If you feel in the dark about the upcoming Sussex Police and Crime Commissioner (Sussex PCC) elections, you’re not alone. Only 15% of the electorate voted in Sussex in the 2012 elections, and it was even less in some areas.
That’s not because people don’t care about their local police force. But many people are simply unsure of what they’re voting for, or how their vote will actually affect the way police work in their community. The Green Party wants to change that – we want to show people they have a democratic vote, and they can use it to make things better.
What is the Sussex PCC?
In 2012, the government introduced local Police and Crime Commissioner post, to replace the existing Police Authority system. Each elected PCC is now in charge of:
- Building the vision for policing in the community they serve. They create a Police and Crime Plan, which allows them to make a strategy and set objectives.
- Setting the budget, which allows them to prioritise the areas that need more money, and do away with any wasteful spending.
- Appointing a Chief Constable, and holding him/her to account for delivering a proper service.
- Making the police answerable to communities they serve. If you feel like your police service is doing a poor job, you can vote for a new PCC and make things change.
Why should I vote Green?
It’s no secret that, over the past six years, the government has been slashing the budgets of public services and selling them off to private companies. In Sussex there have been millions of pounds worth of cuts to policing, and at the end of last year £56m more cuts were announced, with up to 1000 jobs to be axed.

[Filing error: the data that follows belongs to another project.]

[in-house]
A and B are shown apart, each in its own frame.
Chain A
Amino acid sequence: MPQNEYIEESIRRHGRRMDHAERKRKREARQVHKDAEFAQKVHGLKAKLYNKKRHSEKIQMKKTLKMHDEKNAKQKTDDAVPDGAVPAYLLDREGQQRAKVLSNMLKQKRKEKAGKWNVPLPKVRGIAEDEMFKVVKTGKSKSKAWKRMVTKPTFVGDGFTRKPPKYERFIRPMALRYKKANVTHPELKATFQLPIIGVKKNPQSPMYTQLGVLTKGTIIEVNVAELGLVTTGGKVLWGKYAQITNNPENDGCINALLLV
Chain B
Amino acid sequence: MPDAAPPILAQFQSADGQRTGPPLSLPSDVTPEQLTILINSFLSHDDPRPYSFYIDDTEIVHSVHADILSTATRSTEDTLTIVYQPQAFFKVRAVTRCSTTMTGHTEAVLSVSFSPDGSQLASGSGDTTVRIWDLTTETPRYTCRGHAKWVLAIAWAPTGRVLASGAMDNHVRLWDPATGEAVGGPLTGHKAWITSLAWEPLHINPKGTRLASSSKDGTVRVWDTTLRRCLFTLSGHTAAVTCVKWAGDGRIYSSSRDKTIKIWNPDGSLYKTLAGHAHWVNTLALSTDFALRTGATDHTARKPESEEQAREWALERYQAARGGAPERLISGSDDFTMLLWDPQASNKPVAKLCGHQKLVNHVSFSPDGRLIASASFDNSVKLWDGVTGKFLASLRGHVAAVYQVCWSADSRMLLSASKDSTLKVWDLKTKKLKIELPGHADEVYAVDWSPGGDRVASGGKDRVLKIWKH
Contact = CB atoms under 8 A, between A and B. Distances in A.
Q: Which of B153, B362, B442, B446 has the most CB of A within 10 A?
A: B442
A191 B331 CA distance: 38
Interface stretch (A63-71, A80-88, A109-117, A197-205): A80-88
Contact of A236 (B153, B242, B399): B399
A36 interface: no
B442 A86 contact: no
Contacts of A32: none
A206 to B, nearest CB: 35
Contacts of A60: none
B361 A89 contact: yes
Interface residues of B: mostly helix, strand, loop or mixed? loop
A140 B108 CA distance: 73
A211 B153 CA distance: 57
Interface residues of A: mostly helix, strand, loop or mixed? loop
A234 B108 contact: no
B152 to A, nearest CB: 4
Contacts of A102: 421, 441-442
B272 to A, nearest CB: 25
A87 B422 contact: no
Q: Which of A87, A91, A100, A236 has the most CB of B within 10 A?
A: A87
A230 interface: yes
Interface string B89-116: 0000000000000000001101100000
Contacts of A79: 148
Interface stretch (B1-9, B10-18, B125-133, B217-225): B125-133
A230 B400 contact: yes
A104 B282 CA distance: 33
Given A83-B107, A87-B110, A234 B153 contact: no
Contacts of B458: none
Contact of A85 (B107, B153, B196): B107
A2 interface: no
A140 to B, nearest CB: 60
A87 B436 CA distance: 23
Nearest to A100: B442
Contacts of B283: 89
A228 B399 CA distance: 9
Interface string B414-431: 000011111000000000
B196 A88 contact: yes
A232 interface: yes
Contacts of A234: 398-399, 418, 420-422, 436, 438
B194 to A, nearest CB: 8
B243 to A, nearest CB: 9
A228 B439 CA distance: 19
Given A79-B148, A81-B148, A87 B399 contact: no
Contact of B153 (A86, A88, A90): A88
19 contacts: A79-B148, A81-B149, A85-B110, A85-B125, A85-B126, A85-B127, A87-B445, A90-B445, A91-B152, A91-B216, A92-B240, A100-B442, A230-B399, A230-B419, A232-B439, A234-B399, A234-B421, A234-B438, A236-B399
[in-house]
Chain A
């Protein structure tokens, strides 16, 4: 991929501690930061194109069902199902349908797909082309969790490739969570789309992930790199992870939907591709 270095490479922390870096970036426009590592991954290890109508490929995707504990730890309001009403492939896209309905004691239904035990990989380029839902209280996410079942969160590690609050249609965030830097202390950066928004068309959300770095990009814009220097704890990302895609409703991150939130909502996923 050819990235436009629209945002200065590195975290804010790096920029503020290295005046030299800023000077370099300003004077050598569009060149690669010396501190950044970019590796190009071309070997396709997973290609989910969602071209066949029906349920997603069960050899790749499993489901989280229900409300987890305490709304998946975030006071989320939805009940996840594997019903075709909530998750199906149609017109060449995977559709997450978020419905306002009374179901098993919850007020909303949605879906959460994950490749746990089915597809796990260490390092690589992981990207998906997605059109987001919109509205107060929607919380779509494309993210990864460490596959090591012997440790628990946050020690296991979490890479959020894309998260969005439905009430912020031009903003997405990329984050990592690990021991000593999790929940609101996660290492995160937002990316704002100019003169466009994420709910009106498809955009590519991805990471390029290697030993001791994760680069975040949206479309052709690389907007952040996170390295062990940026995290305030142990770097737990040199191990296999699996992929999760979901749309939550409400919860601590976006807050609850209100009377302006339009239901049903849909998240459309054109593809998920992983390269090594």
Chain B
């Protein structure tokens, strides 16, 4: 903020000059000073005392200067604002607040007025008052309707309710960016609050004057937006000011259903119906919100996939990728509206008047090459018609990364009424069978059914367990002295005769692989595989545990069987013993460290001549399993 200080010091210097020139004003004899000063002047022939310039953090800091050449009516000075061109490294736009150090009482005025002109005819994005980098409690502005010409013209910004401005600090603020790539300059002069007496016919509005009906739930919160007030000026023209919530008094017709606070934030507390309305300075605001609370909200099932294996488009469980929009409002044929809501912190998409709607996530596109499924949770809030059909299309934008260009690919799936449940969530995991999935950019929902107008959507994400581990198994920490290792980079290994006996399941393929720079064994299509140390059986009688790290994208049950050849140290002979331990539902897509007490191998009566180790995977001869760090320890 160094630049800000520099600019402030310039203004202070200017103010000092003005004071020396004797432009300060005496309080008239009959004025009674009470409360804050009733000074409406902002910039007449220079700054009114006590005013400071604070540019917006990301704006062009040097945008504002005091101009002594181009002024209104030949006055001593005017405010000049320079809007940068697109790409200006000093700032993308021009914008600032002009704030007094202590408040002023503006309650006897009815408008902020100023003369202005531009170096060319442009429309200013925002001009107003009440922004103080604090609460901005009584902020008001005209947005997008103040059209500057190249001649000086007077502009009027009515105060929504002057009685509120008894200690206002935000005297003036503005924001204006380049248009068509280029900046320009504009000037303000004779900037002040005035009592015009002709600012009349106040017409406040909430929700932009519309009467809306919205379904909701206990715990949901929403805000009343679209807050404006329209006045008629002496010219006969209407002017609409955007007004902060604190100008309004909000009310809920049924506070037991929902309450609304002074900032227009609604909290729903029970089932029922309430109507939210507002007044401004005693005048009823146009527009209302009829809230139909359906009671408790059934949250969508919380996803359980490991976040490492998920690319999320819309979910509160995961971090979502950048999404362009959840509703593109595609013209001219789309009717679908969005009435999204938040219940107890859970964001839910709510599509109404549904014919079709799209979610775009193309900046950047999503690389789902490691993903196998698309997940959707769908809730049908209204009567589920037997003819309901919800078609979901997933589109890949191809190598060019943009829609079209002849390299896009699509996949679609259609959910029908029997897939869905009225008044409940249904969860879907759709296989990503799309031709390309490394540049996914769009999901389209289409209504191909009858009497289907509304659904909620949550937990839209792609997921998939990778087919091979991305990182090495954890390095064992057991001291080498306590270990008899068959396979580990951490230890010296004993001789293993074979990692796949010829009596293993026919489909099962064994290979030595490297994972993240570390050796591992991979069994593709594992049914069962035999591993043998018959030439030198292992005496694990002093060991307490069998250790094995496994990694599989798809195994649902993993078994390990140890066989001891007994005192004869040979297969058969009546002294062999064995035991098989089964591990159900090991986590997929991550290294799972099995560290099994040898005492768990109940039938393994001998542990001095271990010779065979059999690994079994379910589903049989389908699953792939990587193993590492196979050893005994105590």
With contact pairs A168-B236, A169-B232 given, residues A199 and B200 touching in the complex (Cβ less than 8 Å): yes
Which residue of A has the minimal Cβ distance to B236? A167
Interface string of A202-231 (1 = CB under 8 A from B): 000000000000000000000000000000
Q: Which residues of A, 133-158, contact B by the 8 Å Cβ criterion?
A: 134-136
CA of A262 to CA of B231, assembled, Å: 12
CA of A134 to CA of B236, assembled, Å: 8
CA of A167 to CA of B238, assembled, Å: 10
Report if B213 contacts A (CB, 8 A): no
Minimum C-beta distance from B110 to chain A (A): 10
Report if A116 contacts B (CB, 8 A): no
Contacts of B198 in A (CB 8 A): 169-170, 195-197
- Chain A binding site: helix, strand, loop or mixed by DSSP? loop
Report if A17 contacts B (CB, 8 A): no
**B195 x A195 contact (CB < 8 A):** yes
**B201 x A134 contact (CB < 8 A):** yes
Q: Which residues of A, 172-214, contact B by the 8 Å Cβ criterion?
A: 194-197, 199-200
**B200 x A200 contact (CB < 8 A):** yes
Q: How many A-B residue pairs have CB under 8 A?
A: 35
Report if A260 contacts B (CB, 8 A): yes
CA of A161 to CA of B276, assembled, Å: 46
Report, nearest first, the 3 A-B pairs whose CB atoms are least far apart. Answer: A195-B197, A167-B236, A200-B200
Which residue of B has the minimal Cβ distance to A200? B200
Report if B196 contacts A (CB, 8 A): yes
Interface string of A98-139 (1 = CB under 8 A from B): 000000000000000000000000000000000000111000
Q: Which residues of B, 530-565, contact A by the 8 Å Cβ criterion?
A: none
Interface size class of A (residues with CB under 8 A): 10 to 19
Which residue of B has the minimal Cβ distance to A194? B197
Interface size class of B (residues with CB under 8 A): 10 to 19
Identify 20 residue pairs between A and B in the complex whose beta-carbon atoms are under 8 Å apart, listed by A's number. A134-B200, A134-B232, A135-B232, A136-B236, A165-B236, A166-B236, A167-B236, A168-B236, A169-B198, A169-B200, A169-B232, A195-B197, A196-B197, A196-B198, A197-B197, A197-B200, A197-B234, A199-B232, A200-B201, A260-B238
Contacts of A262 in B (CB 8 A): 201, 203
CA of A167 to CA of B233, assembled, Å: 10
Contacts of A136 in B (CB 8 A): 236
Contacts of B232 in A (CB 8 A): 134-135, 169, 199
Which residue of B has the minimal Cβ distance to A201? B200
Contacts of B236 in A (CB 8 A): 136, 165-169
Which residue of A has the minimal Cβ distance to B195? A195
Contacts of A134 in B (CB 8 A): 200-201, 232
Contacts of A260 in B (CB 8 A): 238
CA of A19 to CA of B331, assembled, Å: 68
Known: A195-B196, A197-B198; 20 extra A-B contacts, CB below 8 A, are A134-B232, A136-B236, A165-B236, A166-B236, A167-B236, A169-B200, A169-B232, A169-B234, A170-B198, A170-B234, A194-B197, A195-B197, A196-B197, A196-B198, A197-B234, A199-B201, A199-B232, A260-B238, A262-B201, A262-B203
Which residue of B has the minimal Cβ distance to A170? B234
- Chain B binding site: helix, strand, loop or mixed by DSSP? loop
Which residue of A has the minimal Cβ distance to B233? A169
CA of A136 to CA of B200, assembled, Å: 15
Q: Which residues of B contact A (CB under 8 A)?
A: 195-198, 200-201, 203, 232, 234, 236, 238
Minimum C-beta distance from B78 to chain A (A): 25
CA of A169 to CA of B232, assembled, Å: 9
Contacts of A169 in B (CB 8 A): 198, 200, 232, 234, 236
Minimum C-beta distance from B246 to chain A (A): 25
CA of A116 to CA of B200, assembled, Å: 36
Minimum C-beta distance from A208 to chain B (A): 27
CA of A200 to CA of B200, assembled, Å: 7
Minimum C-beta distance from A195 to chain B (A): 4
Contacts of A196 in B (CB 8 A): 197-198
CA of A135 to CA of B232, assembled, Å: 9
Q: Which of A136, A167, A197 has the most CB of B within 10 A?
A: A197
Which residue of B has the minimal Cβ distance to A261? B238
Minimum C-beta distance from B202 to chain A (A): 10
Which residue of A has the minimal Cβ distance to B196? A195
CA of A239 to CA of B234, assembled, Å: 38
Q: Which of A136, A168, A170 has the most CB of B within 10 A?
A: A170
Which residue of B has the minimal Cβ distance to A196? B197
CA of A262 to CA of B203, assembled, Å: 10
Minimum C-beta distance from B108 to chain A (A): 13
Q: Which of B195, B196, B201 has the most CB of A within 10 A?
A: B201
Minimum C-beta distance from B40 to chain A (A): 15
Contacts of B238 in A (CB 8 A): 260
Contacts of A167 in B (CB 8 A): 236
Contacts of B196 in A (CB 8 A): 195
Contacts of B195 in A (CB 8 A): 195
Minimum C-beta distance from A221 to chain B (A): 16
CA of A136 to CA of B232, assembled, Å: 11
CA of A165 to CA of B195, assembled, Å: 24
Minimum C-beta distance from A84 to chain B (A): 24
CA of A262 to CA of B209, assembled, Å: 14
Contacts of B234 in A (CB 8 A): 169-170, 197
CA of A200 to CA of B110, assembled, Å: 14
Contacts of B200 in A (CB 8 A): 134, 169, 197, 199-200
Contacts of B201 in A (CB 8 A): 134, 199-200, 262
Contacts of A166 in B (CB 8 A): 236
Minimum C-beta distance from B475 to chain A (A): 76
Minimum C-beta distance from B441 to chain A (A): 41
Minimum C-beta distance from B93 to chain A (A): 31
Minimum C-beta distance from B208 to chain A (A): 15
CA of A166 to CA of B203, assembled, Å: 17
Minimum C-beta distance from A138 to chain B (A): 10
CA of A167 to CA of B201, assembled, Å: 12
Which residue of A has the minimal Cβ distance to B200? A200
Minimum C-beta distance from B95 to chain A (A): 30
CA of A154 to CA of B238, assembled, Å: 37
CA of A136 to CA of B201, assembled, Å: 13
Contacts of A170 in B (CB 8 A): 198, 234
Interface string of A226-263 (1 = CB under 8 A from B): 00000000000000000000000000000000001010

Unsurprisingly, that coincides with rising crime rates in the community. Recorded crime in Sussex (excluding fraud) rose by 7.9% over the last year, and over the past six years fell by half as much as it did in the rest of the country.
Meanwhile, Katy Bourne earns £85,000, and with a team of staff her office’s total wages last year were £809,297, including £71,208 for her Head of Public Engagement and Communications and £84,642 for her Chief Executive and Monitoring Officer. Overall her office costs, including those salaries, was £1.37 million last year – despite the fact that she promised to cut costs in 2012.
It’s clear that there are major issues facing Sussex. That’s why I will be fighting tirelessly against the government cuts and privatisation, and against unnecessary spending that takes money away from public services. I will also be fighting for:
1) A police service, not a police force.
It’s clear that homelessness and drugs are growing problems in Sussex. I want to see a police service that doesn’t aim to criminalise and marginalise our most vulnerable people, but finds ways to support and help them. Arresting or fining homeless people is not only inhumane, it simply doesn’t work.
2) Honest, evidence-based policing
I will encourage the use of diversion programmes to help people away from re-offending. I will expand restorative justice programmes so offenders can face the consequences of their crimes.
3) Greater focus on hate crime and violent crime
Racism, LGBT and disability abuse, and domestic violence are major issues that do not get the attention they deserve. I will create a strategy and a budget that puts resources where they are needed most.
We want to see a much bigger turnout in the 5th May election. By voting, you will be strengthening our democracy. By voting Green, you will be changing our police service for the better.